Alternative title(s): Fuufu Ijou, Koibito Miman
Manga Adaptation by Studio MOTHER
Streaming on Crunchyroll
Nerdy loser Jiro must participate in the “marriage practical” at school: a test where a male and female student must live together as a married couple and score points for how well they get along. Jiro hopes to be paired with his pure, innocent childhood friend, but gets matched with a brash gyaru who regularly teases him.
Jel’s verdict: Somewhere in Hell, Shinzo Abe’s Ghost is Smiling
I haven’t seen an anime with this much reinforcement of heteronormativity since Darling in the Franxx. The premise sounds like some kind of creepy, dystopian concept that would (hopefully) never fly in real life (we’ll see…), like a twisted result of Japan’s efforts to raise birthrates or something. Yet the show seems to truly be stating the only path to happiness is marital bliss between a man and a woman. No one is questioning the system here, even as these children are forced to wear heart monitors to measure how well they can flirt.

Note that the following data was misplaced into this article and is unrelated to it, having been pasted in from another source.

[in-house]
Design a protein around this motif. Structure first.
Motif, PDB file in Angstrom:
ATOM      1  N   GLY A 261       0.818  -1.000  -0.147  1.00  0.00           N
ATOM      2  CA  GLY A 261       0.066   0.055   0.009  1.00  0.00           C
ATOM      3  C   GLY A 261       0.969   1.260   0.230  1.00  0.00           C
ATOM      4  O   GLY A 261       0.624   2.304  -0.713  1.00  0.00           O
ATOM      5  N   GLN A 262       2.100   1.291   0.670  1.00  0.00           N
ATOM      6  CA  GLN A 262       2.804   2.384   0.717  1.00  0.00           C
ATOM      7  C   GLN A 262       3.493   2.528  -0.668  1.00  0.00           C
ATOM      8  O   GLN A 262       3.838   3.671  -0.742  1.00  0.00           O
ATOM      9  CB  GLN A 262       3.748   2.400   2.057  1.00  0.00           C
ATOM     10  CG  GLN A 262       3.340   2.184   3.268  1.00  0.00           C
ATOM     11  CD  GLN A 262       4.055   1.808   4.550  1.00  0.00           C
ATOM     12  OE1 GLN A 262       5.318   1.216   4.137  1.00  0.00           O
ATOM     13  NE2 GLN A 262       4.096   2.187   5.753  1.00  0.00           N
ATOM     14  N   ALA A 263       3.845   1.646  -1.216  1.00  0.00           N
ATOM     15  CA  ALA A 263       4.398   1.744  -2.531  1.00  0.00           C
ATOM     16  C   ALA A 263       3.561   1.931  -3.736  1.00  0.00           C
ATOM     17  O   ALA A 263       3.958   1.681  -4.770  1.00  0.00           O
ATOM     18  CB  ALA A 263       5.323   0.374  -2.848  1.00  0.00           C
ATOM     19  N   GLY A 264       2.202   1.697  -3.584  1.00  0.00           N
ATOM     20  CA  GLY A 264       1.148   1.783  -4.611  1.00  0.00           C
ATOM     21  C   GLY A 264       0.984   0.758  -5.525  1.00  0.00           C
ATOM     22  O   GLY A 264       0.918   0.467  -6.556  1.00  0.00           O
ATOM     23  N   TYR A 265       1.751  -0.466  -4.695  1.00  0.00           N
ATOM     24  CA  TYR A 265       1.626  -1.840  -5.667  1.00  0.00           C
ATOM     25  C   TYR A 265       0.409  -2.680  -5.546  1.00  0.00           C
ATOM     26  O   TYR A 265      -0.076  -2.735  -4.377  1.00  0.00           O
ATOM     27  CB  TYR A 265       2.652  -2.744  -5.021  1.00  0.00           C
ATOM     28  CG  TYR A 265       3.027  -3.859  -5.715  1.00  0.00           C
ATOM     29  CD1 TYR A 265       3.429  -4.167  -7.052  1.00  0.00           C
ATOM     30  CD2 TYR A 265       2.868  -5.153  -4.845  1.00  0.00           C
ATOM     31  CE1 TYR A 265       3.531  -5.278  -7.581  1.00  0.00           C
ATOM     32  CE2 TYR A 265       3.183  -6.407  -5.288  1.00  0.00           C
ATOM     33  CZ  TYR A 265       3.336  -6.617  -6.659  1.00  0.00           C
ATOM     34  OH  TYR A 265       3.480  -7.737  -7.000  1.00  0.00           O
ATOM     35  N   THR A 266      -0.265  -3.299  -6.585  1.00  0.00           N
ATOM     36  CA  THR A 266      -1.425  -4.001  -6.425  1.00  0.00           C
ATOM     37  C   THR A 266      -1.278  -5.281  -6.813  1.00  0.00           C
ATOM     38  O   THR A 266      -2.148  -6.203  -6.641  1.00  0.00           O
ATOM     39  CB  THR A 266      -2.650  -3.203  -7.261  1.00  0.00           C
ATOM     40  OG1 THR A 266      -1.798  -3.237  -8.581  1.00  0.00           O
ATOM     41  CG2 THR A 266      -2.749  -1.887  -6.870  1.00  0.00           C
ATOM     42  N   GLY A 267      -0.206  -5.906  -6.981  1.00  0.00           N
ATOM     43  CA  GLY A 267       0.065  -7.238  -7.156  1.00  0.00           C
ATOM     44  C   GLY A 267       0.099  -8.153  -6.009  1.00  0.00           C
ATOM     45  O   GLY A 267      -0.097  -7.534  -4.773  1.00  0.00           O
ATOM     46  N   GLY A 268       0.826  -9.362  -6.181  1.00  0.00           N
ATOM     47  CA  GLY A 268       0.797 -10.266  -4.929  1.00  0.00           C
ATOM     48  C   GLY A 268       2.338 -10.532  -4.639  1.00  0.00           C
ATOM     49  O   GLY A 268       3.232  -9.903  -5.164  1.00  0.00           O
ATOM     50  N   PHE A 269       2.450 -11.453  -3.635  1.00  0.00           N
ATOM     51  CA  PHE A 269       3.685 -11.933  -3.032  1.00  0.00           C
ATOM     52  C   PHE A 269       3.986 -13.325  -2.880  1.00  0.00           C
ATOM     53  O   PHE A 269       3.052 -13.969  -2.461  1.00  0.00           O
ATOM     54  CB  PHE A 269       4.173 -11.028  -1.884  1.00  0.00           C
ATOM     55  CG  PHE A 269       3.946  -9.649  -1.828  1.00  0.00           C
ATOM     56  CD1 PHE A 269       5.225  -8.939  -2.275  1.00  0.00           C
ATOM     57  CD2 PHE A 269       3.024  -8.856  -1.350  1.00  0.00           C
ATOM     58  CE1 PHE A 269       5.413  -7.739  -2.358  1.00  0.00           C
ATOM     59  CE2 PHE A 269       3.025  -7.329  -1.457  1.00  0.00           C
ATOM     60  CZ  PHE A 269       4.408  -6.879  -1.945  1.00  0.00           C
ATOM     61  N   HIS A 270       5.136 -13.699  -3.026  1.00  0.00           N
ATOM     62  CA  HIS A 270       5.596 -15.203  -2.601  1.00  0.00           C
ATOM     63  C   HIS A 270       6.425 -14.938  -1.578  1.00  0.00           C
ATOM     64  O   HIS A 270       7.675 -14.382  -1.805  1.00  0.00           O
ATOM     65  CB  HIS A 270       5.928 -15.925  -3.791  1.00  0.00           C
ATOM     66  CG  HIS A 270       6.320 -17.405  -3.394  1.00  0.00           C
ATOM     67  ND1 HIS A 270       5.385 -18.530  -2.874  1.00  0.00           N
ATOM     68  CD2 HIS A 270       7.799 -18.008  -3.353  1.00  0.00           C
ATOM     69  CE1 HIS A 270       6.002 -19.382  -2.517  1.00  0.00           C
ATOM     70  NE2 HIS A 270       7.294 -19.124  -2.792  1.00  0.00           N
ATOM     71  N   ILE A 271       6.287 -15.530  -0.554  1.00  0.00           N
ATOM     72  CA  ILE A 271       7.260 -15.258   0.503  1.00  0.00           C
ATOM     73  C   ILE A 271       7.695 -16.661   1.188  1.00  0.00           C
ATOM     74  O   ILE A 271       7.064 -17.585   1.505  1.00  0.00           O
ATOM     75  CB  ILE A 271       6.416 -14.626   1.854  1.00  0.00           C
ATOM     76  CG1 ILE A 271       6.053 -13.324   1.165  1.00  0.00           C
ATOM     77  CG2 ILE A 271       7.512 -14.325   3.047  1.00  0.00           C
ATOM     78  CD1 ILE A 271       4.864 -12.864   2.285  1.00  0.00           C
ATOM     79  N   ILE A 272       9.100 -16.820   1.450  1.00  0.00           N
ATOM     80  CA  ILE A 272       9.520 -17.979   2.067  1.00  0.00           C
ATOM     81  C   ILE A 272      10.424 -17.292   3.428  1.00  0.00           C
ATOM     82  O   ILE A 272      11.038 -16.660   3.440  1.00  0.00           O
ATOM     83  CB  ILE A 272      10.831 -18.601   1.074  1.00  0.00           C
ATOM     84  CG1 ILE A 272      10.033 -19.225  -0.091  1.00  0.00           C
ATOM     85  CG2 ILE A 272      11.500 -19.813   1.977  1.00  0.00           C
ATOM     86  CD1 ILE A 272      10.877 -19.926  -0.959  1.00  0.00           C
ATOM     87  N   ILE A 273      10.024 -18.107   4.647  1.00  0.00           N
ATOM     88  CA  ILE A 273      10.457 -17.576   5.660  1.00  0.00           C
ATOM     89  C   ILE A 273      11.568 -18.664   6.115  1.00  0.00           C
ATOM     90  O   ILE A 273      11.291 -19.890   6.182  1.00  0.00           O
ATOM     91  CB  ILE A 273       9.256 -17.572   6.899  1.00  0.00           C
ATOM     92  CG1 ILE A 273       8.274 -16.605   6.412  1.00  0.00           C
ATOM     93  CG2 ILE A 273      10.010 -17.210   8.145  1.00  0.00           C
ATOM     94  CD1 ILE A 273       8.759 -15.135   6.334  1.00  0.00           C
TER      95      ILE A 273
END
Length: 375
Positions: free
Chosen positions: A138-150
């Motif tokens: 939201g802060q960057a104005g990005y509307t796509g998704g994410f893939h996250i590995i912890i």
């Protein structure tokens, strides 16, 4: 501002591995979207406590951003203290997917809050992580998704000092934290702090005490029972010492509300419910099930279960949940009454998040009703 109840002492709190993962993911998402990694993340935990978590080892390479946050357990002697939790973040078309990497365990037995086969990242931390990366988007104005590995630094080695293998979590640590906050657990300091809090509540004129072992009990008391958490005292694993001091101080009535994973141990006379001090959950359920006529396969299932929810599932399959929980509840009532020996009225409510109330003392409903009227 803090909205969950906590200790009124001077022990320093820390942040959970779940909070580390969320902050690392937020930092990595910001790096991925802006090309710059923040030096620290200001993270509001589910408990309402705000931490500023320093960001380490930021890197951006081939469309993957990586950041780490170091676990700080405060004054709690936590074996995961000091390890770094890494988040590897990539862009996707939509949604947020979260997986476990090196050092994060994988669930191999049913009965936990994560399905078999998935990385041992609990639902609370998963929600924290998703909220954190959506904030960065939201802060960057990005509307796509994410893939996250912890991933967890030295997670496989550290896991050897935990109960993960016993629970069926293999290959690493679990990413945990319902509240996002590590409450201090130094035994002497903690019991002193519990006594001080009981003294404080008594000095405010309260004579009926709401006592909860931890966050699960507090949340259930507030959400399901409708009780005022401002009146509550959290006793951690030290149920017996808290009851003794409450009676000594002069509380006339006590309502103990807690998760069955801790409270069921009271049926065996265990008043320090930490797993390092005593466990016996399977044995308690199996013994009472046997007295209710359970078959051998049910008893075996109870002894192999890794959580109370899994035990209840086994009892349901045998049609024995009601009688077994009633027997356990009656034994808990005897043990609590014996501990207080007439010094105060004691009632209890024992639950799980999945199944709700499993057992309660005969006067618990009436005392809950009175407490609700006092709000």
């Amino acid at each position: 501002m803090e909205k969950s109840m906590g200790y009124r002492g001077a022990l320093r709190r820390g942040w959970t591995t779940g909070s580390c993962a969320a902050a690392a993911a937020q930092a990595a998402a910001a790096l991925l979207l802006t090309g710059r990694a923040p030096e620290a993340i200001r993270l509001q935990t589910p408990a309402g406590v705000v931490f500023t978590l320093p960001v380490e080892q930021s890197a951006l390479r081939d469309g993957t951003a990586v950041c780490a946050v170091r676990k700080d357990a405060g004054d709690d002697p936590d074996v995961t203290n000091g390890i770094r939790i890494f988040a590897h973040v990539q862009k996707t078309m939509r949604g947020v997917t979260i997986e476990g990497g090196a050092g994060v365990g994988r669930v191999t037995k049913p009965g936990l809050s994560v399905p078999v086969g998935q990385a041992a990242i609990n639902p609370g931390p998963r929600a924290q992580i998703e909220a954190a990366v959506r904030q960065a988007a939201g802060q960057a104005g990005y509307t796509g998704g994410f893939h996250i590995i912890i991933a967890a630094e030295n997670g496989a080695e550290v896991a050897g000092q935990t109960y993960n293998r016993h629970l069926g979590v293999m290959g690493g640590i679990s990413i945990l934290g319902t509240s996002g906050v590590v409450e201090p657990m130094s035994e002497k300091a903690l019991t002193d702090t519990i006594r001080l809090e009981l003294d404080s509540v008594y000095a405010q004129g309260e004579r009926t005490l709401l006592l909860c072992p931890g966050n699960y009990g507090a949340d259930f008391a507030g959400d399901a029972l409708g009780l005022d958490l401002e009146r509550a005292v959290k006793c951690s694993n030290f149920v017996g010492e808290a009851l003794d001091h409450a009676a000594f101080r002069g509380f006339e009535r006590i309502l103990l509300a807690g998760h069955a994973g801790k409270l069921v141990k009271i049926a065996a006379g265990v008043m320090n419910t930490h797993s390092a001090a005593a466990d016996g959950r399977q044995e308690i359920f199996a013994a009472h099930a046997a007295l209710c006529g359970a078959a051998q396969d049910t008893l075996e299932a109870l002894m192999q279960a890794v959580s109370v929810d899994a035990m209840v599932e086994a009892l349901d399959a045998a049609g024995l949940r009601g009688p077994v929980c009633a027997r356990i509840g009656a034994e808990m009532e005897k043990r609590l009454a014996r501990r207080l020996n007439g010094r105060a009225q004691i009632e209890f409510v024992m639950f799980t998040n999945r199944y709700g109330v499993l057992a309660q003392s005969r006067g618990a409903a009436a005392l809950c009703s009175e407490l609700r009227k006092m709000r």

Granted, they at least concede it should be the “right” man or woman, and that is the attempt at a twist here. Despite having crushes on other people, it barely takes a few seconds for Jiro and Akari to go doki doki over each other. That could make for a salvageable romcom, but all of this is delivered in the most predictable, uninspired way. Jiro is a self absorbed nerd who thinks these girls do nothing but think about him and assigns them no value beyond what he can get out of the relationship. Akari is depicted as the loose moraled gyaru, but of course, deep down, she’s actually just as sweet and innocent as Jiro’s childhood friend! I hate them both, and everything else going on here.
Maybe, and this is a BIG maybe, this could be tolerable if they quickly ditch the other love interests and stay focused on the main couple developing a real, mature relationship based on caring and trust. But as this episode delivered an avalanche of underwear shots and creeper cam angles in practically every scene, it became clear that’s not what this is about. Thankfully, there are plenty of better shows to watch this season.